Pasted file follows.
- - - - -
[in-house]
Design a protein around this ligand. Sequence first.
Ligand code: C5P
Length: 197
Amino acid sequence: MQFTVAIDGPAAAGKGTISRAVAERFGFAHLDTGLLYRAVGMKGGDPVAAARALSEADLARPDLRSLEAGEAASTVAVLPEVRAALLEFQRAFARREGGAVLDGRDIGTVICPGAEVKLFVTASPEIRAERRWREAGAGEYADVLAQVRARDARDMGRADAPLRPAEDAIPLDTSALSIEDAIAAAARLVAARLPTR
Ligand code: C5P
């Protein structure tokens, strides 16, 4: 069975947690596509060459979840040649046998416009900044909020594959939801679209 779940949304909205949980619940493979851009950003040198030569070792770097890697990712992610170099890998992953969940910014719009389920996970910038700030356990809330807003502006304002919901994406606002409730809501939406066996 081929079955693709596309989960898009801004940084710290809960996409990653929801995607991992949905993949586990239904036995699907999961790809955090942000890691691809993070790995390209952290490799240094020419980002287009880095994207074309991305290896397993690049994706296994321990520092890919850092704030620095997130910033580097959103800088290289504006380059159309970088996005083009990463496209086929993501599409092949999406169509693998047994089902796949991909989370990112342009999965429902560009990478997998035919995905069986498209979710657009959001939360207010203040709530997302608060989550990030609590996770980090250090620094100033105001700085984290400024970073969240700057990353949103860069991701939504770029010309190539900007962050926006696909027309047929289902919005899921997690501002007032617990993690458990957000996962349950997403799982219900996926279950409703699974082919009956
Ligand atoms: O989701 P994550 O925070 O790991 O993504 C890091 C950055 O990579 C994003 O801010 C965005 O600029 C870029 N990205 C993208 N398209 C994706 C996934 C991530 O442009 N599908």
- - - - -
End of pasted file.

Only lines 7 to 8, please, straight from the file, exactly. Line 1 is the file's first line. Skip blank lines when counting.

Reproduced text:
């Protein structure tokens, strides 16, 4: 069975947690596509060459979840040649046998416009900044909020594959939801679209 779940949304909205949980619940493979851009950003040198030569070792770097890697990712992610170099890998992953969940910014719009389920996970910038700030356990809330807003502006304002919901994406606002409730809501939406066996 081929079955693709596309989960898009801004940084710290809960996409990653929801995607991992949905993949586990239904036995699907999961790809955090942000890691691809993070790995390209952290490799240094020419980002287009880095994207074309991305290896397993690049994706296994321990520092890919850092704030620095997130910033580097959103800088290289504006380059159309970088996005083009990463496209086929993501599409092949999406169509693998047994089902796949991909989370990112342009999965429902560009990478997998035919995905069986498209979710657009959001939360207010203040709530997302608060989550990030609590996770980090250090620094100033105001700085984290400024970073969240700057990353949103860069991701939504770029010309190539900007962050926006696909027309047929289902919005899921997690501002007032617990993690458990957000996962349950997403799982219900996926279950409703699974082919009956
Ligand atoms: O989701 P994550 O925070 O790991 O993504 C890091 C950055 O990579 C994003 O801010 C965005 O600029 C870029 N990205 C993208 N398209 C994706 C996934 C991530 O442009 N599908």